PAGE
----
The cave had an irregular shape (width c. 6.5 m, max. height 2.9 m) and its roof was dome-like (0.6 m thick), with two adjacent openings set in its western side (Fig. 2). It was entered via the northern opening (Fig. 3), which was the larger of the two (length 3 m, width 1.8 m). The cave was found filled with alluvium, reaching a height of c. 0.2 m below the ceiling. The danger of roof collapse during the excavation required its removal by mechanical equipment.


The Early Roman Period

The cave (Figs. 1, 4) consisted of a square opening (L1) in the west and two chambers, a northern (L6) and a southern (L7)––hewn in qirton. A staircase, whose southern side was damaged by the removal of the cave’s roof, led from the opening to the northern chamber (width 1.6 m; Fig. 5). Eight steps were poorly preserved because bedrock is friable and some were completely worn away; the bottom step was the only one entirely preserved (height 0.18 m, breadth 0.4 m).

The western and northern walls of the northern oval chamber (length 3.2 m, width 3 m, height 2.2 m; Fig. 6) were straight and formed a rounded corner. The chamber’s eastern wall was curved and the southern wall was breached in a later phase and only its eastern end was preserved. The quality of wall quarrying in the southern chamber (length 2.7 m, width 2.5 m) was not as meticulous as in the northern chamber.

The initial use of the cave is dated to the Early Roman period, based on the earliest potsherds found in it. Judging by the plan of the complex it was probably used as a ritual bath. As it was hewn in impermeable qirton bedrock, its walls and floor did not need to be sealed with a layer of plaster. Another option is that this was an underground storehouse, which could not be used during the winter months because the qirton bedrock would retain the run-off flowing into the cavity.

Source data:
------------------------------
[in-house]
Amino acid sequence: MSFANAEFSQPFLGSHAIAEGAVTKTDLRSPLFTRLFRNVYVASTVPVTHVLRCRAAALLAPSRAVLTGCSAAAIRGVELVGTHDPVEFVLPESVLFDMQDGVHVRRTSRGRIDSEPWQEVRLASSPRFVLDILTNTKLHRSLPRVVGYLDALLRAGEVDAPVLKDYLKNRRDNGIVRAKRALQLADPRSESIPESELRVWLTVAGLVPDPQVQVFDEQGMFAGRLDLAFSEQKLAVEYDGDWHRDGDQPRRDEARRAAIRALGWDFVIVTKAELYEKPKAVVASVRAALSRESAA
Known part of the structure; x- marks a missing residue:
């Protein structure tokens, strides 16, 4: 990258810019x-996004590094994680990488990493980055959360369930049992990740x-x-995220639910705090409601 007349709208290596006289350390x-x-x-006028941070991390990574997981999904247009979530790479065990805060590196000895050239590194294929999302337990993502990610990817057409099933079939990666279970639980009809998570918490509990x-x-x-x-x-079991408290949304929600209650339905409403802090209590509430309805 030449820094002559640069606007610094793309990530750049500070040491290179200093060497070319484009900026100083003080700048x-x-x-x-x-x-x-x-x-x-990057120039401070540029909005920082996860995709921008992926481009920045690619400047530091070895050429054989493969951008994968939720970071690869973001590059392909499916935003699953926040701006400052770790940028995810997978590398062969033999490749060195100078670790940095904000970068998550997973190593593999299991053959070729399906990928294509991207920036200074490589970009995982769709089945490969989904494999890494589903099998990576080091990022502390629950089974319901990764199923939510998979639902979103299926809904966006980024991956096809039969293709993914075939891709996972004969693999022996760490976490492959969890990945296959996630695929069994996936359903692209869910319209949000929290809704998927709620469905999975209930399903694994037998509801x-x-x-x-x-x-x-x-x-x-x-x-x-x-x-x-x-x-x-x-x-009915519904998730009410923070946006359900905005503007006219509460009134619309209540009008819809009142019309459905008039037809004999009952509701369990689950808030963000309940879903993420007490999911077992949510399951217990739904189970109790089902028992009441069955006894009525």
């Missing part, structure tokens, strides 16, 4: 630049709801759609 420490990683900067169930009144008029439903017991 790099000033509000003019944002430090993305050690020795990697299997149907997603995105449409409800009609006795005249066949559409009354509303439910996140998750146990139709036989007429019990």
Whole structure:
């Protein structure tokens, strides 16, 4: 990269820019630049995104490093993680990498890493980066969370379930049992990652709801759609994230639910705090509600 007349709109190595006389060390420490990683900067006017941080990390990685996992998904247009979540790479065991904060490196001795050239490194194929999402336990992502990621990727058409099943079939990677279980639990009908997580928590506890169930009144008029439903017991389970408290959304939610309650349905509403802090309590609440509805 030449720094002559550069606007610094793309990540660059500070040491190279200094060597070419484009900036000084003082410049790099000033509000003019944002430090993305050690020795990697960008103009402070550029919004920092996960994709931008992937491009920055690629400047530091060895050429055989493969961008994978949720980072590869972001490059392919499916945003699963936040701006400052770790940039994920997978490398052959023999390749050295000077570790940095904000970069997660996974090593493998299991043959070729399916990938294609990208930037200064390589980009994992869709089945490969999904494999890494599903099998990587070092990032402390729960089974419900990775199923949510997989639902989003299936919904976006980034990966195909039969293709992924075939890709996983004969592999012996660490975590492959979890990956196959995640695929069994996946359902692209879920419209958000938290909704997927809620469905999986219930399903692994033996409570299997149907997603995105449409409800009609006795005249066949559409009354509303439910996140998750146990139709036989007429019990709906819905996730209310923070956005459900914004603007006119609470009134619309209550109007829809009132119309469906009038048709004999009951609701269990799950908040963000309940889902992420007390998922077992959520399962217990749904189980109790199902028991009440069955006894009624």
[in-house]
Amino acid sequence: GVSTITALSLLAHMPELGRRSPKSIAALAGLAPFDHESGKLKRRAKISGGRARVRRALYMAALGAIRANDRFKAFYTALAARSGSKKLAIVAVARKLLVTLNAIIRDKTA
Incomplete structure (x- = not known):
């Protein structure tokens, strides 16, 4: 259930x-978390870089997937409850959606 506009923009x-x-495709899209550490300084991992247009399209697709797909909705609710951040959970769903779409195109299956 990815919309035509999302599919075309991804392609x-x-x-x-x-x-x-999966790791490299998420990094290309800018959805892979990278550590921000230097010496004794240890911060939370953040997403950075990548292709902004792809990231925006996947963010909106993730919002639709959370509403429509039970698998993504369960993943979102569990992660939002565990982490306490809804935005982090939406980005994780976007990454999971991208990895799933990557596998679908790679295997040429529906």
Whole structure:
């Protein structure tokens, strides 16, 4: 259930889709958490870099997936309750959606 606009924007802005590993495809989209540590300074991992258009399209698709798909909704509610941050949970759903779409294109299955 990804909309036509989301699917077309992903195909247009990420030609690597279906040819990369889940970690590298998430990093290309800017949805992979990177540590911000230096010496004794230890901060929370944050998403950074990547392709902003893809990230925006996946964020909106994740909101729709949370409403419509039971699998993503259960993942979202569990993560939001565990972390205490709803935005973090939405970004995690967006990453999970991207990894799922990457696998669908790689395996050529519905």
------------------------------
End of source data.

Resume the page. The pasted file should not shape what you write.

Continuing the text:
Early Islamic Period

During this period the partition between the northern and southern chambers was removed and the cave was paved with large stones, mostly preserved in the southern side. The pavement, variable and carelessly installed, was primarily meant to raise the habitation level (c. 0.4 m above bottom of cave) above the run-off level that accumulated at the bottom of the cave. Between the paving stones in the center of the cave was a hearth that contained a small amount of ash. Potsherds dating to the Early Islamic period were found on the pavement.